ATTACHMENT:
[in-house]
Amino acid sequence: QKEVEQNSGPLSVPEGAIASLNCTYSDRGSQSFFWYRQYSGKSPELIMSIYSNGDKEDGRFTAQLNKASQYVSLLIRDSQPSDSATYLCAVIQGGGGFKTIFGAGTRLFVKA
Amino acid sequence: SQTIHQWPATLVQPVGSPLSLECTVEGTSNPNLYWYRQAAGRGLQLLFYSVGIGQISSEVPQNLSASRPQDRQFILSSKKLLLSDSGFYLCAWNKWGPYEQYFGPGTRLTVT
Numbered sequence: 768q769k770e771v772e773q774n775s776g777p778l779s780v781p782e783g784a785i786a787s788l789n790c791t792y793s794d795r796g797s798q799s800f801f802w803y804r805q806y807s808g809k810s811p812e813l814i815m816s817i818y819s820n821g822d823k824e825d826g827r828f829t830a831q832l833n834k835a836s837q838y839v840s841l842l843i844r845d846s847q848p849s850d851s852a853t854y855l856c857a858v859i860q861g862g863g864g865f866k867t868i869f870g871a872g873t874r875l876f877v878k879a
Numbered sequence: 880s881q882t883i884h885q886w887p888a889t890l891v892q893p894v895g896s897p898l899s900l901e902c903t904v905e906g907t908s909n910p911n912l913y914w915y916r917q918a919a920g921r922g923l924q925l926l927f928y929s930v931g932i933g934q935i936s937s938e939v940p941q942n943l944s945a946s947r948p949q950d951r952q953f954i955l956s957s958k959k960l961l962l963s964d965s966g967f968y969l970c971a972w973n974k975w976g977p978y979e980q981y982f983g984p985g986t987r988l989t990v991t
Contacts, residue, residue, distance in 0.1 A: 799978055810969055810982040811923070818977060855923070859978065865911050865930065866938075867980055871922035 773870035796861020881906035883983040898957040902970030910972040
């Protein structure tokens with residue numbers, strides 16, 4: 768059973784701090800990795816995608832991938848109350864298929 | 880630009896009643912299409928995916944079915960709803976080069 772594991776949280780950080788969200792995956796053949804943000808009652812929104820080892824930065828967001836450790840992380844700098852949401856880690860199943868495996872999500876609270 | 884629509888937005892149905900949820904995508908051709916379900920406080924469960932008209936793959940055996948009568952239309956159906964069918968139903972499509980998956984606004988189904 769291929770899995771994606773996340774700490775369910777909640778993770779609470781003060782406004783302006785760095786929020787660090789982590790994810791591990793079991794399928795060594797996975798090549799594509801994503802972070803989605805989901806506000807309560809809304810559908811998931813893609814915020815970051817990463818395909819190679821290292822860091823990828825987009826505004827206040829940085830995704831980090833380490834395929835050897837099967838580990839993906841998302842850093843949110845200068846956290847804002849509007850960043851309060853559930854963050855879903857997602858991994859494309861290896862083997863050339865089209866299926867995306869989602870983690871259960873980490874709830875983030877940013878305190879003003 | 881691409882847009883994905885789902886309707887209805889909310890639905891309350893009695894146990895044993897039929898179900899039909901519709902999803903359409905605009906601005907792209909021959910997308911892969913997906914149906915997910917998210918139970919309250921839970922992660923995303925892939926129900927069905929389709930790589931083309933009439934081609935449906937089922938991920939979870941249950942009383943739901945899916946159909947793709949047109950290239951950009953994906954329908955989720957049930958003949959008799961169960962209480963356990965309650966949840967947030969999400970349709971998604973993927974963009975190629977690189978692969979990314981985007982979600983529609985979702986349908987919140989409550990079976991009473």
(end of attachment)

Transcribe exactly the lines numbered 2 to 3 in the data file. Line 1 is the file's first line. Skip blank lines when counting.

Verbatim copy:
Amino acid sequence: QKEVEQNSGPLSVPEGAIASLNCTYSDRGSQSFFWYRQYSGKSPELIMSIYSNGDKEDGRFTAQLNKASQYVSLLIRDSQPSDSATYLCAVIQGGGGFKTIFGAGTRLFVKA
Amino acid sequence: SQTIHQWPATLVQPVGSPLSLECTVEGTSNPNLYWYRQAAGRGLQLLFYSVGIGQISSEVPQNLSASRPQDRQFILSSKKLLLSDSGFYLCAWNKWGPYEQYFGPGTRLTVT